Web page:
Then there’s Anaina Hou, “a new gathering place,” which encompasses many of Wai Koa Plantation’s public features. Later this year the nonprofit is set to celebrate the grand opening of a state-of-the-art playground and an indoor-outdoor theater that will host movies, concerts, educational events and hula.

In Bill’s absence, Joan has laid the foundation for several new projects to sprout on Wai Koa’s acreage. She has signed two leases, one of which will house a monastery for the Mother Divine Program, offering transcendental meditation for women. The other lease is for the North Shore Community Foundation to construct new a junior and senior charter high school.

Joan has also devoted herself in the last couple of years to educating the grandchildren who will one day inherit Wai Koa Plantation. In regularly scheduled conference calls and on foot tours of the property, Joan has been schooling them on agriculture, Hawaiian culture and what it means to be a landlord and a steward.

“Before he died I said, ‘Bill, what am I going to do with all of this that you created? I don’t think like you do,’” Joan said. “He said, ‘Joan, you know what the right thing to do is, so just do it. Whatever that is for you. If you don’t want to do it, stop. Just let it grow over. It’s OK.’ For a partner to say that to you is one of the nicest things because it’s unconditional trust. These are really Bill’s ideas and I’ve been wanting to honor his vision and carry it through. Now that I’ve done that, I feel like it’s OK to step away and let go.”

Of all the Porters’ philanthropic activities, making the Stone Dam publicly accessible was one of their proudest deeds. When he was alive, Bill would load up the car with his three Bernese mountain dogs and drive to the dam every day at 3 p.m. Half the time Joan would join him. The dogs would run and Bill would perch himself on a stone wall to smoke a cigar and sip his frappuccino.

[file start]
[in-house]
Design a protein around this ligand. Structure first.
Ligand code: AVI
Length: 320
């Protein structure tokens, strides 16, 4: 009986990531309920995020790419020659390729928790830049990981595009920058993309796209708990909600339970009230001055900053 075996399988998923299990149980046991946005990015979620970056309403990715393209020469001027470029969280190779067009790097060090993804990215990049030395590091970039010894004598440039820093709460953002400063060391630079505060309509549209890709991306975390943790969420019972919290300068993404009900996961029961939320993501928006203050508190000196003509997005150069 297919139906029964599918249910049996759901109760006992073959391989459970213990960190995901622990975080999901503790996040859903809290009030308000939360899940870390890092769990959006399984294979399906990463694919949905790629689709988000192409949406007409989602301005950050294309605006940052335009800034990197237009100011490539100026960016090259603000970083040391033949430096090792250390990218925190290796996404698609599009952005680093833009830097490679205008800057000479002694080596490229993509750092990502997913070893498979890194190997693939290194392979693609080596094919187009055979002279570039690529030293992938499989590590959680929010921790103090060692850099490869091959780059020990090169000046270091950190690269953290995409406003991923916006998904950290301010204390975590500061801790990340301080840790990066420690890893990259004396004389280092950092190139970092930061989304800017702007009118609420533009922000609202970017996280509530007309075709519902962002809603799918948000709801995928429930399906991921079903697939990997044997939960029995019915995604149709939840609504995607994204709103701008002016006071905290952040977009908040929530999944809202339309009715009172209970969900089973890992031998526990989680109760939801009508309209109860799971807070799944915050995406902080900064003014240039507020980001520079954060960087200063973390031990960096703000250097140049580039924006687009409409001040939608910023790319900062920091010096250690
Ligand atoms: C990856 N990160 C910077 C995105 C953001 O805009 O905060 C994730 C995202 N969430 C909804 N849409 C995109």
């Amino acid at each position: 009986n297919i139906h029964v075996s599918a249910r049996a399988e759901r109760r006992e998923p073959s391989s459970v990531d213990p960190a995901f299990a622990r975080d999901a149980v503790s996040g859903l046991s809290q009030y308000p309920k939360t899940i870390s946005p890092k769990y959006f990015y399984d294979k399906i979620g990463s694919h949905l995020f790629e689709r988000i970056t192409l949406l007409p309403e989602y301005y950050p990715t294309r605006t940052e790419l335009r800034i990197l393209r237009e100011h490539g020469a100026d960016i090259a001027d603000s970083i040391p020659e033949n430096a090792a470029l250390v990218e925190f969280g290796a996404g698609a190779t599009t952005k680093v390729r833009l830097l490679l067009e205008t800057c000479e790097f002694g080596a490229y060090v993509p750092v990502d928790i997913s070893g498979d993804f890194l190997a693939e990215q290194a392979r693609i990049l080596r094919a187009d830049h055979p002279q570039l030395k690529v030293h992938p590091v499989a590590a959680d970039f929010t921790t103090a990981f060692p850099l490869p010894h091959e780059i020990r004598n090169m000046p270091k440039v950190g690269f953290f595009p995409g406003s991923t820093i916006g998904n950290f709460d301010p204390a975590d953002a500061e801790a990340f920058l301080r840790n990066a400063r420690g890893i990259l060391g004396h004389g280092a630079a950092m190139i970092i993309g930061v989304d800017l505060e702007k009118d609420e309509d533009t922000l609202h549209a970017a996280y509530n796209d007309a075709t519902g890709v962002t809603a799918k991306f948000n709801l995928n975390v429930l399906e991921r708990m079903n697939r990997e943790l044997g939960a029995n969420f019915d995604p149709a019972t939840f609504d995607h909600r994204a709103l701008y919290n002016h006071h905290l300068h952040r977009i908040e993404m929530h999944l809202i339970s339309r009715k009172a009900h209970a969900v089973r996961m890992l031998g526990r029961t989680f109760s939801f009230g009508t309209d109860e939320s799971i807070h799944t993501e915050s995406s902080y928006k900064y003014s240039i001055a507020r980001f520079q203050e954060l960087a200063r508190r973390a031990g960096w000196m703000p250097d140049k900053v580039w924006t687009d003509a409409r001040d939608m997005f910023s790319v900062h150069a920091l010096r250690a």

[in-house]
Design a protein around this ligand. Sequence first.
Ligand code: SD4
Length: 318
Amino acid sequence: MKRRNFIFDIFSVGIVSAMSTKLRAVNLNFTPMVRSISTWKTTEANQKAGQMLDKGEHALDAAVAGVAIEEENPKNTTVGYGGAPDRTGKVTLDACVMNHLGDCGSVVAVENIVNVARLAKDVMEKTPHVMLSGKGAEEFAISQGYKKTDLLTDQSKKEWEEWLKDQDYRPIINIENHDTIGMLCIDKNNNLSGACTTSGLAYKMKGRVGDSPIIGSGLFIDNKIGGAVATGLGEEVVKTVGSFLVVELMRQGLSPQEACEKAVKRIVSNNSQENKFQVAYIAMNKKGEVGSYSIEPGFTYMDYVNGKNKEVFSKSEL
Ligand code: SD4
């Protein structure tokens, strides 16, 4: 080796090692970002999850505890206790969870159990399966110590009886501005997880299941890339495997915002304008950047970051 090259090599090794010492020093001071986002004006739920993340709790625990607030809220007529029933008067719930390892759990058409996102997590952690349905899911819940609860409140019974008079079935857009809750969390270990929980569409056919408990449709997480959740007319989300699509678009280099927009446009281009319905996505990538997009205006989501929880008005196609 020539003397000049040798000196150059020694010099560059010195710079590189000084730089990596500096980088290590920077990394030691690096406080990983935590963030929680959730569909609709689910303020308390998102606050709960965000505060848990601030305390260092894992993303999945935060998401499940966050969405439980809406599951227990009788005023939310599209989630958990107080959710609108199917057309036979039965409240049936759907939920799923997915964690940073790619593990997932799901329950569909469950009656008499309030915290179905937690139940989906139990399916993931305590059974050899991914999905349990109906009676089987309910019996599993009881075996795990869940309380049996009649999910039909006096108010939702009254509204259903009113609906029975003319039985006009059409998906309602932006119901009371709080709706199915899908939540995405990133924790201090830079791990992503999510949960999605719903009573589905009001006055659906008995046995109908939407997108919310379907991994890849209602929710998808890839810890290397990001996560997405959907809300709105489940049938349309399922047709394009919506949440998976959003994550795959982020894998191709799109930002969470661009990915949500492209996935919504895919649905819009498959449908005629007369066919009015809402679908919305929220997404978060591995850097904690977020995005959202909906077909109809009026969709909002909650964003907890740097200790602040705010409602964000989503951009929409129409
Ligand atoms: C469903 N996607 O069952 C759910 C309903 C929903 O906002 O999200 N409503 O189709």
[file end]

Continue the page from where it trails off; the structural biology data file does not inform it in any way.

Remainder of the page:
“It was a nice time for us to sit together,” Joan said. “He really loved it — I mean, just the beauty of it all. And for me, it was simple: He was here, so I was here. That was the big realization I had: He was called to Kauai. I wasn’t; I was called to him.”

When she realized this during a solo cross-country road trip last autumn, Joan said a divine guidance seemed to set her next steps in motion. Almost immediately she found and purchased a home located a short drive from California’s majestic Big Sur. Then she put her Princeville condo on the market. It sold in two weeks.

As dusk falls and a quartet of songbirds chitter on an overhead tree branch, Joan sparks her car’s ignition and muses about her next act. Perhaps she’ll devote herself more deeply to a spiritual path. Maybe she’ll teach.

“I do feel like something is tapping on my shoulder and I don’t know what it is,” Joan said. “For me, the best part of life is not knowing what’s around the corner. For the first time in my life I’m alone and I’m learning what that really means. I’m learning that I don’t have to be in control. In fact, it’s better if I’m not.”